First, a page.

Most theater aficionados know the storied history of the musical “Rent.” Composer Jonathan Larson drops dead of an aortic dissection on the eve of the opening in January 1996. Heroic cast soldiers on, despite their grief. Show opens to rave reviews and moves to Broadway. With its themes of multiculturalism, homophobia, and AIDS, the musical based on “La Bohème” becomes a cultural phenomenon among Generation X. Groupies known as “Rentheads” camp out daily at the theater to score golden $20 tickets for seats in the front row.
That back story has become inseparable from the show itself and contributed, at least in part, to its wild success. But what many might not know is that Anthony Rapp, the fresh-scrubbed actor who created the role of videographer Mark Cohen, was undergoing a family tragedy at the time of the show’s meteoric rise. His mother was dying of cancer, and he shuttled back and forth from New York to Illinois to be at her bedside.
Rapp intertwines both tales in his one-man show “Without You,” which is based on his 2006 memoir of the same name. The show is making its Boston premiere at the Modern Theatre through Sunday, before moving to the Edinburgh Festival Fringe and London’s Menier Chocolate Factory.
With his chiseled chin and strawberry-blond hair, Rapp is still as engaging a performer as he was when he landed the role in “Rent” while working a “survival job” at Starbucks for $7 an hour. His portrayal of his mother, with her flat Midwestern accent and gentle demeanor, is lovingly drawn. She calls him ’Tonio. He calls her Mama.
Performing on a spare stage with a five-piece band, two chairs, and a baby book, Rapp gives new resonance to standards from “Rent,” particularly the funereal celebration “Seasons of Love.” He also penned new songs for the piece, which are largely unremarkable, with the exception of “Wild Bill,” a country-tinged tune about his mother’s nickname for her disease.
In its own way, “Without You” shares many of the flaws and strengths of “Rent.” It’s heartfelt, youthful, poignant. In his Pumas and plaid shirt, Rapp is earnest and charming. But while the piece is sentimental by design, it fails to pierce an emotional vein. The death of one’s mother is profound at any age, but I never caught myself fumbling for a tissue or raising a hand to wipe my eyes.
Part of the problem is that there’s too much Larson and too little Rapp. There’s no tension in the story of the composer’s death, because we all know how that one ends. And there is surprisingly little tension in the way Rapp recalls his mother’s battle with cancer. He says he needs to resolve her reservations about his homosexuality, but he barely registers anger or regret. He leaves out a story he included in the memoir about a back-alley brawl he had with his lover during this period, a physical manifestation of his rage against the dark. One gets the feeling that his endearing urge to respect and honor his mother has nudged him to pull a dramatic punch.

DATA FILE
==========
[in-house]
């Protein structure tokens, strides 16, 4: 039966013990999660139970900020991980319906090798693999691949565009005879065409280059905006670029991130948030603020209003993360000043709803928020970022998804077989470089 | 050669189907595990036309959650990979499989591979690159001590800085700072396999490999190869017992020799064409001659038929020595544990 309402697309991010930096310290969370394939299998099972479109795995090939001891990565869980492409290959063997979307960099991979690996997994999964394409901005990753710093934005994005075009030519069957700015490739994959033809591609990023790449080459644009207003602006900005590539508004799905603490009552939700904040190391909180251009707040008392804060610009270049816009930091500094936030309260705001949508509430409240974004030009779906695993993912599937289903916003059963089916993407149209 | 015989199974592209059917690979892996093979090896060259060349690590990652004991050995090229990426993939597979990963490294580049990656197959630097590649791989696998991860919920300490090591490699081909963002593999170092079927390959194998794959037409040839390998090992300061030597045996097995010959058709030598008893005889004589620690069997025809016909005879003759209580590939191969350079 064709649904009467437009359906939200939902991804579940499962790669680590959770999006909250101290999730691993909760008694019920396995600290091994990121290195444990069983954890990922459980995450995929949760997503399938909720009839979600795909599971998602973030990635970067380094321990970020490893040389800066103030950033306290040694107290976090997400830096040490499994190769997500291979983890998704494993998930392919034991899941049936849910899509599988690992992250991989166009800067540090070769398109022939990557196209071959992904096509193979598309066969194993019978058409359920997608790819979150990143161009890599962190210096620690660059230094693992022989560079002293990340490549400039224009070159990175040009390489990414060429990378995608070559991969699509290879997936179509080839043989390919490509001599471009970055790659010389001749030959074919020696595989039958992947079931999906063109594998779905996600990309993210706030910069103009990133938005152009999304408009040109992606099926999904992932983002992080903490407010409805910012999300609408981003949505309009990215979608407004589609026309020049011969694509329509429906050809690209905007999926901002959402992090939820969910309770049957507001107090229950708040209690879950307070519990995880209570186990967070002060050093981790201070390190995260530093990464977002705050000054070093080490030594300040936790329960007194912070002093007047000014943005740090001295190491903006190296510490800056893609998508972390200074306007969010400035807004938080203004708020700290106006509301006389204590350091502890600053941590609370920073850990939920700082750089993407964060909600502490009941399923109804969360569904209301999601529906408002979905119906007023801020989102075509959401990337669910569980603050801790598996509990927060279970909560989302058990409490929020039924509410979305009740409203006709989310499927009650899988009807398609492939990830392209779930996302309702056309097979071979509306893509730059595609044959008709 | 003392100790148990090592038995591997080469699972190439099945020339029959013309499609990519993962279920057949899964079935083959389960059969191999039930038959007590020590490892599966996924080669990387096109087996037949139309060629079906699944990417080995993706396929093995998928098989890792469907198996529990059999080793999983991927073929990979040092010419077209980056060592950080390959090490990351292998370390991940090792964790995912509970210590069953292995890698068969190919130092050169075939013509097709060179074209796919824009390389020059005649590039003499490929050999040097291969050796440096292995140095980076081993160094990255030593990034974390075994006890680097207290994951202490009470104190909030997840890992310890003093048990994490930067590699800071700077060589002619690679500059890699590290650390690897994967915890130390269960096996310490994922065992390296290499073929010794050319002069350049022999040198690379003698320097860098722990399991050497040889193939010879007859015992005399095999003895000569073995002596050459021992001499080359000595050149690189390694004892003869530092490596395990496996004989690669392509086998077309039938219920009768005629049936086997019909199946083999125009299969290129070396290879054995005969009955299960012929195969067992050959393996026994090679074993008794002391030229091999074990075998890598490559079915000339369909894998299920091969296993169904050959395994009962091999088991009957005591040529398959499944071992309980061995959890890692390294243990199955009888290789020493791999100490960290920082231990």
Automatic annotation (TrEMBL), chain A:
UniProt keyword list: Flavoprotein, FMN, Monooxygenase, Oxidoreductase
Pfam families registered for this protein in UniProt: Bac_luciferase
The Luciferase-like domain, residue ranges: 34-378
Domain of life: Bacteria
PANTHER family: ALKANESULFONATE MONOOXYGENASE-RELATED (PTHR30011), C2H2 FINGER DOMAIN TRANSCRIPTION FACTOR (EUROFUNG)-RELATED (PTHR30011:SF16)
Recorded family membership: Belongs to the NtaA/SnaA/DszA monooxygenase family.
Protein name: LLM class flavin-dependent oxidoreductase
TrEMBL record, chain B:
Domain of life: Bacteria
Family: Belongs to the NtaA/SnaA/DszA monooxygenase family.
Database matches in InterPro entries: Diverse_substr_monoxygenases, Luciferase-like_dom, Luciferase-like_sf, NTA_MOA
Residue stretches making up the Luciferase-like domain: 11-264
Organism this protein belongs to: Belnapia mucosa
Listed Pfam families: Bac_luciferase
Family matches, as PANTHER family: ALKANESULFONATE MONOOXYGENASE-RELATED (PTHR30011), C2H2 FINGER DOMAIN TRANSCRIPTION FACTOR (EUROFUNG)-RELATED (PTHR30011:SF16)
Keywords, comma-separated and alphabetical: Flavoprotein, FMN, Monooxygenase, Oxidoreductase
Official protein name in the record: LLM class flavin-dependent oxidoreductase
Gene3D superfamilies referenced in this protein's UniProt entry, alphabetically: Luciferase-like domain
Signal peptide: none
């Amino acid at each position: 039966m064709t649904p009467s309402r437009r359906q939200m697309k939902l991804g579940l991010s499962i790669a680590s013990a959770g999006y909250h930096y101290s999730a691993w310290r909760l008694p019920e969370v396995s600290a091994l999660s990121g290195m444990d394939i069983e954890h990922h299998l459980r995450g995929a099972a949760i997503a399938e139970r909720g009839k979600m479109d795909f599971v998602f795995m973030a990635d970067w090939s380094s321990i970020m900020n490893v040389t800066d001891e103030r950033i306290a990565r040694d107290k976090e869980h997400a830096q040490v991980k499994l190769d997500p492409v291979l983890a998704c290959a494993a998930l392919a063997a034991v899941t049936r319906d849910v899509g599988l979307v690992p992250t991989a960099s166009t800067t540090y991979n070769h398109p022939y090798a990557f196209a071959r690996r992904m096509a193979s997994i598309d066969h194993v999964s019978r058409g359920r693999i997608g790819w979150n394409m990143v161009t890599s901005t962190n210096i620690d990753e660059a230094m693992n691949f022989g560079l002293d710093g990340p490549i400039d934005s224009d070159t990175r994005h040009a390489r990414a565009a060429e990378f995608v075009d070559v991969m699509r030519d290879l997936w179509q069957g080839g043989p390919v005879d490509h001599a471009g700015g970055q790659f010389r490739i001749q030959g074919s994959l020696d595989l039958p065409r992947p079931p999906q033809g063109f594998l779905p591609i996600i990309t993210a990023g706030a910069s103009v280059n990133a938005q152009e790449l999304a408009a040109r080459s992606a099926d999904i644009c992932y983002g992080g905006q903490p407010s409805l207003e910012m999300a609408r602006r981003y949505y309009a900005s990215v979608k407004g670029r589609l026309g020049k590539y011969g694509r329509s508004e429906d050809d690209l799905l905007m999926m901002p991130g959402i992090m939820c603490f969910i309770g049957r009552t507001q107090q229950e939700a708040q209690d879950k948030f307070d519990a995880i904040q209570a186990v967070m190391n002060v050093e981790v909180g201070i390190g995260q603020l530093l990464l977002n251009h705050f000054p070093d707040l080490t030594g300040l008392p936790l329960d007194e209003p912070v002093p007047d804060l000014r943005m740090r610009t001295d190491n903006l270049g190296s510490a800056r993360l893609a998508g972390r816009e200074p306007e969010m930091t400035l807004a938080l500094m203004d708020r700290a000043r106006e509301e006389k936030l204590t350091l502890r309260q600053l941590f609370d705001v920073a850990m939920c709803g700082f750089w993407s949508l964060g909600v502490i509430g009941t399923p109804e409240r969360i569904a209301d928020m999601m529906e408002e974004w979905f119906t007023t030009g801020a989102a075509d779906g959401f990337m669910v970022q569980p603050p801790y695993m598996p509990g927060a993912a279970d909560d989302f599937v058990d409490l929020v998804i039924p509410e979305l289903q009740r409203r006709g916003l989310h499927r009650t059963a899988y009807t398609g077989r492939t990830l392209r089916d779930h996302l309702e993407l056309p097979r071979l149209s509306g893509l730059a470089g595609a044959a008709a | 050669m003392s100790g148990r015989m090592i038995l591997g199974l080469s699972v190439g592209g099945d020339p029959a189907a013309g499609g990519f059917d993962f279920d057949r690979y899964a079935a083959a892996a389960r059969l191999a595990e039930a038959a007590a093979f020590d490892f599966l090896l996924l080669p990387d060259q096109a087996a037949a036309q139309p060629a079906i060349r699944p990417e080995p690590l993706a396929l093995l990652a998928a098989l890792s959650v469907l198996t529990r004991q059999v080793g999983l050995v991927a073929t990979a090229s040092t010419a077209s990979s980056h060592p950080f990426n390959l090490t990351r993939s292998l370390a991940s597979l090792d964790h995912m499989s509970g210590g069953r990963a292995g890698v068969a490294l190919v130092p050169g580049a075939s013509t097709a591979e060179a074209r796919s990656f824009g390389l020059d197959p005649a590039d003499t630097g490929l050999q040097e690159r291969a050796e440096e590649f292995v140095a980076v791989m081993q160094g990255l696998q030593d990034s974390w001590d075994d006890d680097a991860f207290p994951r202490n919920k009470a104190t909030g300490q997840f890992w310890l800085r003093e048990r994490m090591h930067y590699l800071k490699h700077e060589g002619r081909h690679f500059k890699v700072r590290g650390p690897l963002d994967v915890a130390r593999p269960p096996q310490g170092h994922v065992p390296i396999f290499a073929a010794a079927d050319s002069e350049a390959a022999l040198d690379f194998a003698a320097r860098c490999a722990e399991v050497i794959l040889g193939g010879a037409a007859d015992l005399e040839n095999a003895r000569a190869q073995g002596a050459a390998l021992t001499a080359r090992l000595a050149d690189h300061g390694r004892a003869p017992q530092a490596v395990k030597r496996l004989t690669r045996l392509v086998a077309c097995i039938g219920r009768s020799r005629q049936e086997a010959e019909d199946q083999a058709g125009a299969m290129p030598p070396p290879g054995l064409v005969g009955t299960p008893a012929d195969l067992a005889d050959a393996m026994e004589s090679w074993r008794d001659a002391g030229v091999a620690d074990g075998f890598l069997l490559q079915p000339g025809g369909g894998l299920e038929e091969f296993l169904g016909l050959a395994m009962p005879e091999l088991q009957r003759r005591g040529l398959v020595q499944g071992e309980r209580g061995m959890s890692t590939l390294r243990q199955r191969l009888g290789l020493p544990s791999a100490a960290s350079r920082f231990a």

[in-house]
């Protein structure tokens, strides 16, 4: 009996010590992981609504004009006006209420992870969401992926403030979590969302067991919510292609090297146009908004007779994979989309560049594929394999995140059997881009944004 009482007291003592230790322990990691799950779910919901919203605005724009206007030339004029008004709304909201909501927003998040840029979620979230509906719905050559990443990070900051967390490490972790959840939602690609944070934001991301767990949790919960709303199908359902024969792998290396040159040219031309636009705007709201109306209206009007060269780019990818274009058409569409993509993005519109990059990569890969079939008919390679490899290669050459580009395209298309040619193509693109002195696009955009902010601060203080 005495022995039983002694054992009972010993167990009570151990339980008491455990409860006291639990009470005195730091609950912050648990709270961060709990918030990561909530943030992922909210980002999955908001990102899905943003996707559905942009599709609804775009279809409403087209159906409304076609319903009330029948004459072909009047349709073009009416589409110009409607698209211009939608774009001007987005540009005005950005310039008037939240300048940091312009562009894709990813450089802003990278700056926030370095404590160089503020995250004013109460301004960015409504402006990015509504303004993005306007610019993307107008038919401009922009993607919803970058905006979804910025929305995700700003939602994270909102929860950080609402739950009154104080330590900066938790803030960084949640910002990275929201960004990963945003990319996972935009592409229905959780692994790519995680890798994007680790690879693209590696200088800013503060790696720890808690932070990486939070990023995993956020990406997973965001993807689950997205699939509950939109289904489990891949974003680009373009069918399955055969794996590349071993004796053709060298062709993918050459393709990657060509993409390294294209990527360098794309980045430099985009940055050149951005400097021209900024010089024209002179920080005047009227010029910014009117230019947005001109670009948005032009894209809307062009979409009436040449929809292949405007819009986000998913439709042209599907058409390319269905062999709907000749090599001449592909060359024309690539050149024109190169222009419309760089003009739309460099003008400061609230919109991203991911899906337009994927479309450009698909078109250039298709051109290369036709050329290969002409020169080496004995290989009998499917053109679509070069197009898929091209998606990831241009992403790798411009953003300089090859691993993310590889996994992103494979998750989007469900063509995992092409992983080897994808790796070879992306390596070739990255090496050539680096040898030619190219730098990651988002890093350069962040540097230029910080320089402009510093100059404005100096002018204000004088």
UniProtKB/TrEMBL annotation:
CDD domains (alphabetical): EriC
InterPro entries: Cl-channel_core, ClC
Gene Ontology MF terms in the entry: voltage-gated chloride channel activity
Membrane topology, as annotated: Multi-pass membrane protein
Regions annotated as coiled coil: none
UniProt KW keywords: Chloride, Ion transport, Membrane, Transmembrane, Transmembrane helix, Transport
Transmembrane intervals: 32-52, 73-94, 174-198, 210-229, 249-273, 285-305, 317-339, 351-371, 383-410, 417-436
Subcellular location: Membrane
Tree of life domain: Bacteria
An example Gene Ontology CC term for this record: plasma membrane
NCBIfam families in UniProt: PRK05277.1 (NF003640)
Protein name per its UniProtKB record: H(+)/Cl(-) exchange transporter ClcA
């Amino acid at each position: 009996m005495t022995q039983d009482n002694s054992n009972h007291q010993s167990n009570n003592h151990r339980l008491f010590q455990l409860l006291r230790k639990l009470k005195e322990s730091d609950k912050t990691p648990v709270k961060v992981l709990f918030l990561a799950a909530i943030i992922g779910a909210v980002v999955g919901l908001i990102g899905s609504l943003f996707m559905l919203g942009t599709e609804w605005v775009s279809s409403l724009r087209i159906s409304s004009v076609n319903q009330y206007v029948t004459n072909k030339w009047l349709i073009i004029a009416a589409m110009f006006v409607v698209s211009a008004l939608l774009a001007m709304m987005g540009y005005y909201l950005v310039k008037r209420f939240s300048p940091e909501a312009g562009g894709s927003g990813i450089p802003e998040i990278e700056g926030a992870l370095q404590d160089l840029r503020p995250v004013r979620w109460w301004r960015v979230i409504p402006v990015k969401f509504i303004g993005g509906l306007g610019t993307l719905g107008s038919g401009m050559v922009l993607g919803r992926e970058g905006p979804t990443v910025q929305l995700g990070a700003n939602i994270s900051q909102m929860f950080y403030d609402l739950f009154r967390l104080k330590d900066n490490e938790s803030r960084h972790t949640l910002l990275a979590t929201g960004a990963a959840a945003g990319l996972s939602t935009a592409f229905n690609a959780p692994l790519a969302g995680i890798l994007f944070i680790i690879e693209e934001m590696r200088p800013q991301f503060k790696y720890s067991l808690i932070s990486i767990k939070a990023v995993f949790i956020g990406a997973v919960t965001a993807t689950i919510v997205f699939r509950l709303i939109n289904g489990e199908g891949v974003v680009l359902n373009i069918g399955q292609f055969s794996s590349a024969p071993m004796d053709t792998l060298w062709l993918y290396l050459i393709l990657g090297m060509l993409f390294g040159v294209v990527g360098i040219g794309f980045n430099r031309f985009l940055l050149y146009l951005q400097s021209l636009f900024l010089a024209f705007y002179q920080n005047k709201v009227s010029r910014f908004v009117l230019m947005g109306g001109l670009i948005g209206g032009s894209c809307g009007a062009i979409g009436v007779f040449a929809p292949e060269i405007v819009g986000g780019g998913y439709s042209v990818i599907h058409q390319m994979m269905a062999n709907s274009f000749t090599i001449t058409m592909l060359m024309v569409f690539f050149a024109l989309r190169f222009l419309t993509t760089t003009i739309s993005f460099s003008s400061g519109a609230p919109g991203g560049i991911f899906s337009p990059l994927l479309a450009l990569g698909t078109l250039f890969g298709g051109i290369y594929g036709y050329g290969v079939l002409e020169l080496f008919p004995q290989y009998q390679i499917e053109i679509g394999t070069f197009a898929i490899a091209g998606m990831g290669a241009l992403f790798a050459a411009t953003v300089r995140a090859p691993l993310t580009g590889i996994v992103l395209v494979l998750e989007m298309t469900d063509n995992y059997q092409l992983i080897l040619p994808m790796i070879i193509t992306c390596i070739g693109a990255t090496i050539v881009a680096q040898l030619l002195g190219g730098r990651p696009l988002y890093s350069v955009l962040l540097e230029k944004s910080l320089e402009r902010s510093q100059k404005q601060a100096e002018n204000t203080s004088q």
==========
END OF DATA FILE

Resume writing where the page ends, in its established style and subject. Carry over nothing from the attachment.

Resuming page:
Director Steven Maler’s production aims to ratchet up the drama by shooting harsh red and white spotlights out into the audience, but the effect is merely alienating, not wrenching. And in the intimate space of the Modern, the band sometimes drowns out Rapp’s voice. The quiet moments are anything but.
For the most part, the storytelling is linear and literal. The piece does rise above the prosaic when Rapp recalls a story about his mother, a nurse who once cared for a terminally ill boy who seemed afraid to let go. She tells the boy’s parents they have to give him permission to die. That single image of Rapp cradling an imaginary child evokes the visceral lose-your-breath feeling that the rest of the piece strives so valiantly to create.
But the bespectacled and boyish Rapp commands the stage, and with some tweaks, his solo show could become less married to “Rent” and more transcendent. There is certainly a built-in audience, with all those Rentheads who are not so young anymore and who have surely experienced losses of their own. They all rose to their feet at Wednesday’s packed performance, a sign that this tale of loss may have a life of its own.